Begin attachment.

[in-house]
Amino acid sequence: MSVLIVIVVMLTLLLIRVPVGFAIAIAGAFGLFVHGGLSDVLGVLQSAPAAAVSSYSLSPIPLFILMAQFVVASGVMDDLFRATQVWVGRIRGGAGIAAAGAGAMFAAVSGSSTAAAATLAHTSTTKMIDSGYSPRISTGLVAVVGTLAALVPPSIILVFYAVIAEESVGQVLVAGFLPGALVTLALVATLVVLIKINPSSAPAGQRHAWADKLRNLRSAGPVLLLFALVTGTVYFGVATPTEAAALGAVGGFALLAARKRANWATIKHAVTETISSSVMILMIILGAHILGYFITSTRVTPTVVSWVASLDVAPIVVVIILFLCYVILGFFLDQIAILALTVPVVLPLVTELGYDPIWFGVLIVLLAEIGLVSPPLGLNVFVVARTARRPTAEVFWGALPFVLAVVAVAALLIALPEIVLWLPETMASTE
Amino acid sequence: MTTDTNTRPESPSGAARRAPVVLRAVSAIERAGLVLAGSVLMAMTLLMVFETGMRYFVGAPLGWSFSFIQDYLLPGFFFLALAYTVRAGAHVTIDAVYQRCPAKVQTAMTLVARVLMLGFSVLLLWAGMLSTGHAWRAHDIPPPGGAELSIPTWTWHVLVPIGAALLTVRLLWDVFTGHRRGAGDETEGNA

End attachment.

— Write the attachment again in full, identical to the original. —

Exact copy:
[in-house]
Amino acid sequence: MSVLIVIVVMLTLLLIRVPVGFAIAIAGAFGLFVHGGLSDVLGVLQSAPAAAVSSYSLSPIPLFILMAQFVVASGVMDDLFRATQVWVGRIRGGAGIAAAGAGAMFAAVSGSSTAAAATLAHTSTTKMIDSGYSPRISTGLVAVVGTLAALVPPSIILVFYAVIAEESVGQVLVAGFLPGALVTLALVATLVVLIKINPSSAPAGQRHAWADKLRNLRSAGPVLLLFALVTGTVYFGVATPTEAAALGAVGGFALLAARKRANWATIKHAVTETISSSVMILMIILGAHILGYFITSTRVTPTVVSWVASLDVAPIVVVIILFLCYVILGFFLDQIAILALTVPVVLPLVTELGYDPIWFGVLIVLLAEIGLVSPPLGLNVFVVARTARRPTAEVFWGALPFVLAVVAVAALLIALPEIVLWLPETMASTE
Amino acid sequence: MTTDTNTRPESPSGAARRAPVVLRAVSAIERAGLVLAGSVLMAMTLLMVFETGMRYFVGAPLGWSFSFIQDYLLPGFFFLALAYTVRAGAHVTIDAVYQRCPAKVQTAMTLVARVLMLGFSVLLLWAGMLSTGHAWRAHDIPPPGGAELSIPTWTWHVLVPIGAALLTVRLLWDVFTGHRRGAGDETEGNA